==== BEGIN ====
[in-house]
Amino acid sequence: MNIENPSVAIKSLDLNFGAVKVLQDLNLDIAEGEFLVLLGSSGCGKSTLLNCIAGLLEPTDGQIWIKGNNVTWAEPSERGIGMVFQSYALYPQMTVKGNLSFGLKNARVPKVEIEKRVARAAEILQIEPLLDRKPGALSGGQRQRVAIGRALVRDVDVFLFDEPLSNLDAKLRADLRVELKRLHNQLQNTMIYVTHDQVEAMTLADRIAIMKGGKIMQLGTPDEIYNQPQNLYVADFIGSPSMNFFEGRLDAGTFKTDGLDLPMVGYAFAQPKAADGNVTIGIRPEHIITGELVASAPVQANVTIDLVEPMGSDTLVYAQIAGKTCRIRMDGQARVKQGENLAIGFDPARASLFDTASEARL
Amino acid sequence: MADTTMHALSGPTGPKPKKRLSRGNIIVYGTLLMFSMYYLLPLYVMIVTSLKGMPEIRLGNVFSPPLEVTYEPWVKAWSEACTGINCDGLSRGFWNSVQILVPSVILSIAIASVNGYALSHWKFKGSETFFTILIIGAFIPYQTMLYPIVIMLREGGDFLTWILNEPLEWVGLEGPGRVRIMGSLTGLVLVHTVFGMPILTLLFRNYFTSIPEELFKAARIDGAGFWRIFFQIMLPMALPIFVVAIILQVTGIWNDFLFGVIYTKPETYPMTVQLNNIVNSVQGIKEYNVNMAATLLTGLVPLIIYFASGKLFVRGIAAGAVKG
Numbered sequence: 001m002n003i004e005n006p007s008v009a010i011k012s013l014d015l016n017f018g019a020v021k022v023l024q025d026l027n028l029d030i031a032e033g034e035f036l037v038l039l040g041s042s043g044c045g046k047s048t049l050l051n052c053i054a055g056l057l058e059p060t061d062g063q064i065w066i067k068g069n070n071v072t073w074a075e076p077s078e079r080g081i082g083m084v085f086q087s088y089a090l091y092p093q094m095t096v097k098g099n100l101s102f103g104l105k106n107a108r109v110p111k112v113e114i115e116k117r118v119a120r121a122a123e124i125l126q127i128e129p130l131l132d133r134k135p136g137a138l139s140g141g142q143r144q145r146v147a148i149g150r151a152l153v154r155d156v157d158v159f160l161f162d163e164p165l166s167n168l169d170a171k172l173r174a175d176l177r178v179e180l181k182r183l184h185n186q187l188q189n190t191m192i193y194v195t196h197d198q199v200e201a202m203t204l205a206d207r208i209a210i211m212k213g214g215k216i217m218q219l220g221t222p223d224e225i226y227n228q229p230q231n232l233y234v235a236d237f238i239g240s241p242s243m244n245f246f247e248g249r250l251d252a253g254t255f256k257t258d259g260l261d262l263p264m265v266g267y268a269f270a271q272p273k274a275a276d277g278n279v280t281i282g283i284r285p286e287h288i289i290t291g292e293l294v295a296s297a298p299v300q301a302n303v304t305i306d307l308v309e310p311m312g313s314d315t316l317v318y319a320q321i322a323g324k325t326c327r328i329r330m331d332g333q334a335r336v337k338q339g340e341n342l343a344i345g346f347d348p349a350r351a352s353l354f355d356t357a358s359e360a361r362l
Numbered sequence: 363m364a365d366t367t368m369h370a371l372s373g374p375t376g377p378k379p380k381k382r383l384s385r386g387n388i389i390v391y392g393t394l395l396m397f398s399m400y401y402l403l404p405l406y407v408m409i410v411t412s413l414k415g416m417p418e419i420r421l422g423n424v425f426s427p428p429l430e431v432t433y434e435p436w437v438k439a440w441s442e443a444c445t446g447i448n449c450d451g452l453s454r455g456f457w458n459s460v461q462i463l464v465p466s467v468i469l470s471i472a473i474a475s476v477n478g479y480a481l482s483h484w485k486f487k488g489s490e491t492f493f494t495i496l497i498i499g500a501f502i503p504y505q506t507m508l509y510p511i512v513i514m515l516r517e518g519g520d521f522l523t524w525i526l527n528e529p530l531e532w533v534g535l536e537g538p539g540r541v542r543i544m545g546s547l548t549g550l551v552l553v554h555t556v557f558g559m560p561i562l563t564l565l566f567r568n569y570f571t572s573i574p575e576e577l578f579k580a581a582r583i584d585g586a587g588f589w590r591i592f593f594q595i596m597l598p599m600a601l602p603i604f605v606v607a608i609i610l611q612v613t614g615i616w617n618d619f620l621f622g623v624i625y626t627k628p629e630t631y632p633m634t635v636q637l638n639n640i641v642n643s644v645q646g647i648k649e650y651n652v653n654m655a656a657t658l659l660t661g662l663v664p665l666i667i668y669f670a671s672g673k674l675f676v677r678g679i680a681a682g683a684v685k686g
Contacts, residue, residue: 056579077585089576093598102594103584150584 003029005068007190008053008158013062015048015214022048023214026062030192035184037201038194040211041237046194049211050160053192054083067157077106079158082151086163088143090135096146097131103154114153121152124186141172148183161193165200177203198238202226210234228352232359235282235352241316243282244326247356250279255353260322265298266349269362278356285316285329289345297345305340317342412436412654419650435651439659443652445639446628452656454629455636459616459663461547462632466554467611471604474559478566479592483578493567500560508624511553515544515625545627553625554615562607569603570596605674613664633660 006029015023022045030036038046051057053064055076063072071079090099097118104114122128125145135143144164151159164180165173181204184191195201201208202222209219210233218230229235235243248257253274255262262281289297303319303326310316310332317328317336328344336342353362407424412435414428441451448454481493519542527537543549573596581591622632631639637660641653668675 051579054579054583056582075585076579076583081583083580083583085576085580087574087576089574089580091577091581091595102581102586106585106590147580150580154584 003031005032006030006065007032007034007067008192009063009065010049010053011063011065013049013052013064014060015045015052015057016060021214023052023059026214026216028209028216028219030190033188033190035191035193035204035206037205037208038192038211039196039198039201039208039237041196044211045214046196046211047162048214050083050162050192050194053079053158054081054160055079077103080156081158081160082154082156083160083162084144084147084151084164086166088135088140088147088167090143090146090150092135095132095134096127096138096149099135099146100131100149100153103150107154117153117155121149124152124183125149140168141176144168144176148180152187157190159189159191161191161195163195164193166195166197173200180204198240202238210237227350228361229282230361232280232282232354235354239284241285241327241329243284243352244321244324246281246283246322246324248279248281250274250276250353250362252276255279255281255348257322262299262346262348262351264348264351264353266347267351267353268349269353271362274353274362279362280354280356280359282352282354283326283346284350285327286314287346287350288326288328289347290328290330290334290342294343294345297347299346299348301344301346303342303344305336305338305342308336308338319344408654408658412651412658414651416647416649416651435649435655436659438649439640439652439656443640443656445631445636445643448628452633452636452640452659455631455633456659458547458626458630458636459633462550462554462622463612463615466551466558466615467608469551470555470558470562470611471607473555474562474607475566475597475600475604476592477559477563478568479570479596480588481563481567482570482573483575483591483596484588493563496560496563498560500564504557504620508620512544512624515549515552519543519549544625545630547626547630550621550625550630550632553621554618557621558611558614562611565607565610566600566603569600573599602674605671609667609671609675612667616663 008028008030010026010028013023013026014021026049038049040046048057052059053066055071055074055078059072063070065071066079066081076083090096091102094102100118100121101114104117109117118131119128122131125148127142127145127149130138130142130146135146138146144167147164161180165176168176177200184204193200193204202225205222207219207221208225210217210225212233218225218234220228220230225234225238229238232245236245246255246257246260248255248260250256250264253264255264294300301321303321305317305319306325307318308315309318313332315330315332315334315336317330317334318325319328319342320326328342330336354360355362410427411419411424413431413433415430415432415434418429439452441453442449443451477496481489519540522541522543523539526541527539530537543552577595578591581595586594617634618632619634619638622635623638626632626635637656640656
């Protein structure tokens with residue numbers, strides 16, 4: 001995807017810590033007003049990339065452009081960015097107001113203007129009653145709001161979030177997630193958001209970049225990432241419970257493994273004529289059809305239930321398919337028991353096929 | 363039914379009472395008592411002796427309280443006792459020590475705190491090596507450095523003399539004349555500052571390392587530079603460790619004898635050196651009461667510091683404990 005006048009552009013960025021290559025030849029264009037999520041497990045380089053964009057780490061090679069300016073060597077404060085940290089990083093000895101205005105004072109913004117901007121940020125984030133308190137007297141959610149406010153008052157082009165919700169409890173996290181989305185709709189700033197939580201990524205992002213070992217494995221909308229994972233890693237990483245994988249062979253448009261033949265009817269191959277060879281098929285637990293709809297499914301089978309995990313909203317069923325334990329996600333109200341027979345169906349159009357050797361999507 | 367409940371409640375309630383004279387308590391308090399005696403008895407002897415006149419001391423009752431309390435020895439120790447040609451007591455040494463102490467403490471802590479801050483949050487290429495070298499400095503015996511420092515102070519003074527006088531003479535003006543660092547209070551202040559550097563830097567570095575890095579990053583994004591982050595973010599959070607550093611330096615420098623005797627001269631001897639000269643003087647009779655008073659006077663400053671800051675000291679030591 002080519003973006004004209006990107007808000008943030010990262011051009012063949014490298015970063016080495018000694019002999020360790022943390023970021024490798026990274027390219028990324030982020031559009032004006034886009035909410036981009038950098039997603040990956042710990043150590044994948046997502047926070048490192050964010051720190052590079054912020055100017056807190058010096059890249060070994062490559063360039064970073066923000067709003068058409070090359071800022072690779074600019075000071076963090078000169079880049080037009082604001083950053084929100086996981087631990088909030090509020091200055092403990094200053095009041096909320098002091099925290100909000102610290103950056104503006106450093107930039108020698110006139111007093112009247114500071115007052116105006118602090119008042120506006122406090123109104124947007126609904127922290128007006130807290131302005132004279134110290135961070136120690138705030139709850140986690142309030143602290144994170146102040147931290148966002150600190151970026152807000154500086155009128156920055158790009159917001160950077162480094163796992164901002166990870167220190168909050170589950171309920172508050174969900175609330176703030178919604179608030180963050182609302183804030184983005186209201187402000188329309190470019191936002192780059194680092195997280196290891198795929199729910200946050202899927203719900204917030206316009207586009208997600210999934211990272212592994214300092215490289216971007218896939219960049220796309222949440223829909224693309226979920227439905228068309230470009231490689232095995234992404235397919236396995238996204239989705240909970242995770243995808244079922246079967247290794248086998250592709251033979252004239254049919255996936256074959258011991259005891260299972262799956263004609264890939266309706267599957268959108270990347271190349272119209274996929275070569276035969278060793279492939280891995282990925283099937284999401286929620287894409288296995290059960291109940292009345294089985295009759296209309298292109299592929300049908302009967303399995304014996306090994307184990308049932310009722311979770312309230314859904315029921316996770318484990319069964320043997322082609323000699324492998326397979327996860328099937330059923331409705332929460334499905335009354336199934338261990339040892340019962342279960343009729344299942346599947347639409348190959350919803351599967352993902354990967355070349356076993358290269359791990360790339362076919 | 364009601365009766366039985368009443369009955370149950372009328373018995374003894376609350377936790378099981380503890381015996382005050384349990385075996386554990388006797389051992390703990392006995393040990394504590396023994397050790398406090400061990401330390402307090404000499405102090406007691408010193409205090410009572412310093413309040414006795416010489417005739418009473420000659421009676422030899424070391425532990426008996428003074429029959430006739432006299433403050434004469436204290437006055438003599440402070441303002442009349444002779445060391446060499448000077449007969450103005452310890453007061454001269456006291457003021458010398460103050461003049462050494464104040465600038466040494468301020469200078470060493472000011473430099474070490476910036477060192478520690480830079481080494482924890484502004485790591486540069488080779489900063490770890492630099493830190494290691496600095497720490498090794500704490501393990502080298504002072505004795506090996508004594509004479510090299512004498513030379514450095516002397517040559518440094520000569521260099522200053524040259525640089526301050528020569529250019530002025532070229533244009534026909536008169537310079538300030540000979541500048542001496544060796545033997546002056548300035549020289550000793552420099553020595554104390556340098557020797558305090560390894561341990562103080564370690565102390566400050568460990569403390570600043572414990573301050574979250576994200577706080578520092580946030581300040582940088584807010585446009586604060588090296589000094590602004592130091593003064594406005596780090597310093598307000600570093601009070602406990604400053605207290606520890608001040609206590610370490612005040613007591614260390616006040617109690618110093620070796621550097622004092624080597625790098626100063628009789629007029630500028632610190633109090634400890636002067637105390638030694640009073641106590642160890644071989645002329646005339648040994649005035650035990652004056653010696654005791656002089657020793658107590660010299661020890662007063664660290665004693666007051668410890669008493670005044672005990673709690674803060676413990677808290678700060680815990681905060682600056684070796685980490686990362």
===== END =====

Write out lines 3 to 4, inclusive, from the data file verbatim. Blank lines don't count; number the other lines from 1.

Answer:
Amino acid sequence: MADTTMHALSGPTGPKPKKRLSRGNIIVYGTLLMFSMYYLLPLYVMIVTSLKGMPEIRLGNVFSPPLEVTYEPWVKAWSEACTGINCDGLSRGFWNSVQILVPSVILSIAIASVNGYALSHWKFKGSETFFTILIIGAFIPYQTMLYPIVIMLREGGDFLTWILNEPLEWVGLEGPGRVRIMGSLTGLVLVHTVFGMPILTLLFRNYFTSIPEELFKAARIDGAGFWRIFFQIMLPMALPIFVVAIILQVTGIWNDFLFGVIYTKPETYPMTVQLNNIVNSVQGIKEYNVNMAATLLTGLVPLIIYFASGKLFVRGIAAGAVKG
Numbered sequence: 001m002n003i004e005n006p007s008v009a010i011k012s013l014d015l016n017f018g019a020v021k022v023l024q025d026l027n028l029d030i031a032e033g034e035f036l037v038l039l040g041s042s043g044c045g046k047s048t049l050l051n052c053i054a055g056l057l058e059p060t061d062g063q064i065w066i067k068g069n070n071v072t073w074a075e076p077s078e079r080g081i082g083m084v085f086q087s088y089a090l091y092p093q094m095t096v097k098g099n100l101s102f103g104l105k106n107a108r109v110p111k112v113e114i115e116k117r118v119a120r121a122a123e124i125l126q127i128e129p130l131l132d133r134k135p136g137a138l139s140g141g142q143r144q145r146v147a148i149g150r151a152l153v154r155d156v157d158v159f160l161f162d163e164p165l166s167n168l169d170a171k172l173r174a175d176l177r178v179e180l181k182r183l184h185n186q187l188q189n190t191m192i193y194v195t196h197d198q199v200e201a202m203t204l205a206d207r208i209a210i211m212k213g214g215k216i217m218q219l220g221t222p223d224e225i226y227n228q229p230q231n232l233y234v235a236d237f238i239g240s241p242s243m244n245f246f247e248g249r250l251d252a253g254t255f256k257t258d259g260l261d262l263p264m265v266g267y268a269f270a271q272p273k274a275a276d277g278n279v280t281i282g283i284r285p286e287h288i289i290t291g292e293l294v295a296s297a298p299v300q301a302n303v304t305i306d307l308v309e310p311m312g313s314d315t316l317v318y319a320q321i322a323g324k325t326c327r328i329r330m331d332g333q334a335r336v337k338q339g340e341n342l343a344i345g346f347d348p349a350r351a352s353l354f355d356t357a358s359e360a361r362l